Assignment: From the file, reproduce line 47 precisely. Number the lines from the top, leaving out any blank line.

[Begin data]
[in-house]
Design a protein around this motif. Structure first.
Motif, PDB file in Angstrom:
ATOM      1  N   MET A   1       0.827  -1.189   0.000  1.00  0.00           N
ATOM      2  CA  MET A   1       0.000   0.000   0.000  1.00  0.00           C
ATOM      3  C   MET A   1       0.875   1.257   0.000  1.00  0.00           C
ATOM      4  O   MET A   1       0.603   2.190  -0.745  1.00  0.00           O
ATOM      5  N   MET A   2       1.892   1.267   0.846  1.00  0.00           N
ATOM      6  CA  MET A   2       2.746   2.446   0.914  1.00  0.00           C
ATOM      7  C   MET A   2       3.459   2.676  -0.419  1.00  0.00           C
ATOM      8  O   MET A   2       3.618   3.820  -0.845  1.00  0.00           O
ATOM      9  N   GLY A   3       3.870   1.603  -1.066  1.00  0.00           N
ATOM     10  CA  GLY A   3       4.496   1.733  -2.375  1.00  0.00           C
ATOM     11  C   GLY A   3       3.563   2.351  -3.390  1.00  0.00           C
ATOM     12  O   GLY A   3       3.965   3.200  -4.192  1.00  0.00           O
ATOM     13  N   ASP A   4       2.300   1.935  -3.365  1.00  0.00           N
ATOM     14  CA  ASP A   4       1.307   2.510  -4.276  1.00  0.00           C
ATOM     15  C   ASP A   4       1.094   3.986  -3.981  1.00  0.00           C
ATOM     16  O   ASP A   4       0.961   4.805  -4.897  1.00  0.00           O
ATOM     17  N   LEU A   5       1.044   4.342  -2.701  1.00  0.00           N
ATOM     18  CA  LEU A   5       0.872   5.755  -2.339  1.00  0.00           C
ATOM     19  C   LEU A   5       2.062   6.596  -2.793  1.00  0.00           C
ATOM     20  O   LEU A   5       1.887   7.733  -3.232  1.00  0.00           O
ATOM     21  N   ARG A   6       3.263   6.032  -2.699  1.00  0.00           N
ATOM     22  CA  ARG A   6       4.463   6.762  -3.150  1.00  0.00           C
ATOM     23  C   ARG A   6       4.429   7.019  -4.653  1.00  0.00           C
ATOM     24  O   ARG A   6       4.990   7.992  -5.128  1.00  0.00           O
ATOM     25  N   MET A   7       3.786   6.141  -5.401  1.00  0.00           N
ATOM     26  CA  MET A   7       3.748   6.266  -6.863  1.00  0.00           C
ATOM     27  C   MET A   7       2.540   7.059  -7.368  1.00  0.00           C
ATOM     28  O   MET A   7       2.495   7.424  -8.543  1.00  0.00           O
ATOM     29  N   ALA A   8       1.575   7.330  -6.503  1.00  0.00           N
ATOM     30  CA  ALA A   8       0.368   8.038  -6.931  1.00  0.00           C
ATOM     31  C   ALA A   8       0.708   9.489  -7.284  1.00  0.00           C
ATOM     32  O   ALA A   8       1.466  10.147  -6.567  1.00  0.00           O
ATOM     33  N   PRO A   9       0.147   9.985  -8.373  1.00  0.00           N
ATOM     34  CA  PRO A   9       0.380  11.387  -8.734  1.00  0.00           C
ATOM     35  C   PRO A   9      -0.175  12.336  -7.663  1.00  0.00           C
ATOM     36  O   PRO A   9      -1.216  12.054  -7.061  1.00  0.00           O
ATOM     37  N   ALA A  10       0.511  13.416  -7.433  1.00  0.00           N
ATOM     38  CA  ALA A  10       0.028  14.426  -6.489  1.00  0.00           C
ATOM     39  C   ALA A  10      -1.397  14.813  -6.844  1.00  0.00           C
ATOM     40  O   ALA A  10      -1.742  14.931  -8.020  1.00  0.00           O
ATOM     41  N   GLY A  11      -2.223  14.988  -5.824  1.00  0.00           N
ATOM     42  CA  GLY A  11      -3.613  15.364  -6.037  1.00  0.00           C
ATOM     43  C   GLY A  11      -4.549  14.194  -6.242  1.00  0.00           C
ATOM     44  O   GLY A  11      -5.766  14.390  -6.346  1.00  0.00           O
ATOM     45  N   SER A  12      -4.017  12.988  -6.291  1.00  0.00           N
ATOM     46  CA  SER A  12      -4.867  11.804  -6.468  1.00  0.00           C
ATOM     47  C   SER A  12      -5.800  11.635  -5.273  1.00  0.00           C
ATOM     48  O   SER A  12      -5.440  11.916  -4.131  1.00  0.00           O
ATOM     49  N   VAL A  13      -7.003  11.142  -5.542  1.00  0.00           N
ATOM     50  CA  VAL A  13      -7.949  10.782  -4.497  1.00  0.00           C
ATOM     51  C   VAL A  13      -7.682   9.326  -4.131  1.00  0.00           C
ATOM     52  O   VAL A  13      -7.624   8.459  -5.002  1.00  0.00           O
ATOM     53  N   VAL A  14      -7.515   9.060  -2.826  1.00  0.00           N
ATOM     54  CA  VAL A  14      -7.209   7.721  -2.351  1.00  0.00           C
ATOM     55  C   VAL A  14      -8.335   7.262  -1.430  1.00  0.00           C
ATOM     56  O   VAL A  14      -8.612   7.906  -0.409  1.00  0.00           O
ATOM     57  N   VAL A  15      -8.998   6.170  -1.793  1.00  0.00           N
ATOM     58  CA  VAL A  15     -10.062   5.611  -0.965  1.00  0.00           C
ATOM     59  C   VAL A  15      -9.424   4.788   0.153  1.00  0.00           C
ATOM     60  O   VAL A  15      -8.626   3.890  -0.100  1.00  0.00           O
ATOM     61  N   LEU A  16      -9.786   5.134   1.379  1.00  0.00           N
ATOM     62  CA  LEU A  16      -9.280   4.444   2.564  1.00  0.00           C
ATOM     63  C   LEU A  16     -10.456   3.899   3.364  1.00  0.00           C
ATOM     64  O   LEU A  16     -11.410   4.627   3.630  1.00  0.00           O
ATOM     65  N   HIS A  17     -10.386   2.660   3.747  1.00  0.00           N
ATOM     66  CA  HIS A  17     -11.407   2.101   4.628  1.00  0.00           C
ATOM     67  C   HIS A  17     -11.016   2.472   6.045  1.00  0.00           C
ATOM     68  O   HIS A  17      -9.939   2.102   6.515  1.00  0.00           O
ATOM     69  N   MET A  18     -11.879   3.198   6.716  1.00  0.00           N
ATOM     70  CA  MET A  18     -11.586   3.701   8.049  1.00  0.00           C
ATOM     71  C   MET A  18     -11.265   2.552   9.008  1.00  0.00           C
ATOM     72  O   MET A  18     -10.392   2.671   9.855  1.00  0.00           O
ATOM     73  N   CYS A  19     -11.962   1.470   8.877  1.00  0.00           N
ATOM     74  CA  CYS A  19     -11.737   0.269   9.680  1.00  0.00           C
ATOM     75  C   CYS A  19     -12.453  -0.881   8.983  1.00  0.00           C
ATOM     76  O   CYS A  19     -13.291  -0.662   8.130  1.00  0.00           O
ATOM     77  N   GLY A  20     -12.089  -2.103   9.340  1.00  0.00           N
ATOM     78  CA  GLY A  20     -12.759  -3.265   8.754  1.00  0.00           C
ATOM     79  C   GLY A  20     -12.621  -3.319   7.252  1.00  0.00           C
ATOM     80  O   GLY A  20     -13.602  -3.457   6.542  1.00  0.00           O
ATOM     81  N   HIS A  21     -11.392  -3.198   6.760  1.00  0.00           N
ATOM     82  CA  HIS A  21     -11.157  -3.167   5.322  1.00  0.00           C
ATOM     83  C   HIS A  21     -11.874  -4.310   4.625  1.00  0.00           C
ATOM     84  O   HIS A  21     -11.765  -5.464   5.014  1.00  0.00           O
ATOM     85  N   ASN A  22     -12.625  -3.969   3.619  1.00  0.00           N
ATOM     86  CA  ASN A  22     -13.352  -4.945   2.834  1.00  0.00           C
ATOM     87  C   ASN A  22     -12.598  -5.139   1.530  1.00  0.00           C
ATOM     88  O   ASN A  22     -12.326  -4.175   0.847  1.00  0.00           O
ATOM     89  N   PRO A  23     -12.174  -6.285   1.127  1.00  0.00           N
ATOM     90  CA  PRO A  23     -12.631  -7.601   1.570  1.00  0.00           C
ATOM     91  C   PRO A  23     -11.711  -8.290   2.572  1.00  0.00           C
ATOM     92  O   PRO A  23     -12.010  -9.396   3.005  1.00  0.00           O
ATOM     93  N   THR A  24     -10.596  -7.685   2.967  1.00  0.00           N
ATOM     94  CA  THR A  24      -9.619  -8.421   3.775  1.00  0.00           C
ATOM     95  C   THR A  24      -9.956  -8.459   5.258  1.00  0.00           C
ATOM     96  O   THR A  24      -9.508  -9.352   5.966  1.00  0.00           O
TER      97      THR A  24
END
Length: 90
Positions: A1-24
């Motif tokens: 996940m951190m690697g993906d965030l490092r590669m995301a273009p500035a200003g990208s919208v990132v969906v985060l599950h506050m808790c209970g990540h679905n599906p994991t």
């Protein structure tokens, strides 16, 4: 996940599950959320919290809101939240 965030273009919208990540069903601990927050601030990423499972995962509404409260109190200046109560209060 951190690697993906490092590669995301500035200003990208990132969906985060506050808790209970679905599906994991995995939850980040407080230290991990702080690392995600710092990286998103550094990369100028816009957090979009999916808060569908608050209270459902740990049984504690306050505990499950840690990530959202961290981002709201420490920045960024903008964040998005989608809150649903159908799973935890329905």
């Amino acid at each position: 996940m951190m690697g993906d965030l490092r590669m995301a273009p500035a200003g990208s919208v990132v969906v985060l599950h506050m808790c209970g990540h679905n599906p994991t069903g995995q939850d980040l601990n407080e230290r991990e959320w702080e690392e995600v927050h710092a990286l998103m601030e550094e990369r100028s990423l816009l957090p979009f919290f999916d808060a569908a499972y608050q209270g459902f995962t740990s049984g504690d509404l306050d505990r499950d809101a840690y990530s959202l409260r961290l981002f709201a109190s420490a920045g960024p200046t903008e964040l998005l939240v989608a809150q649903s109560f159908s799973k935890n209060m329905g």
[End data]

ATOM     44  O   GLY A  11      -5.766  14.390  -6.346  1.00  0.00           O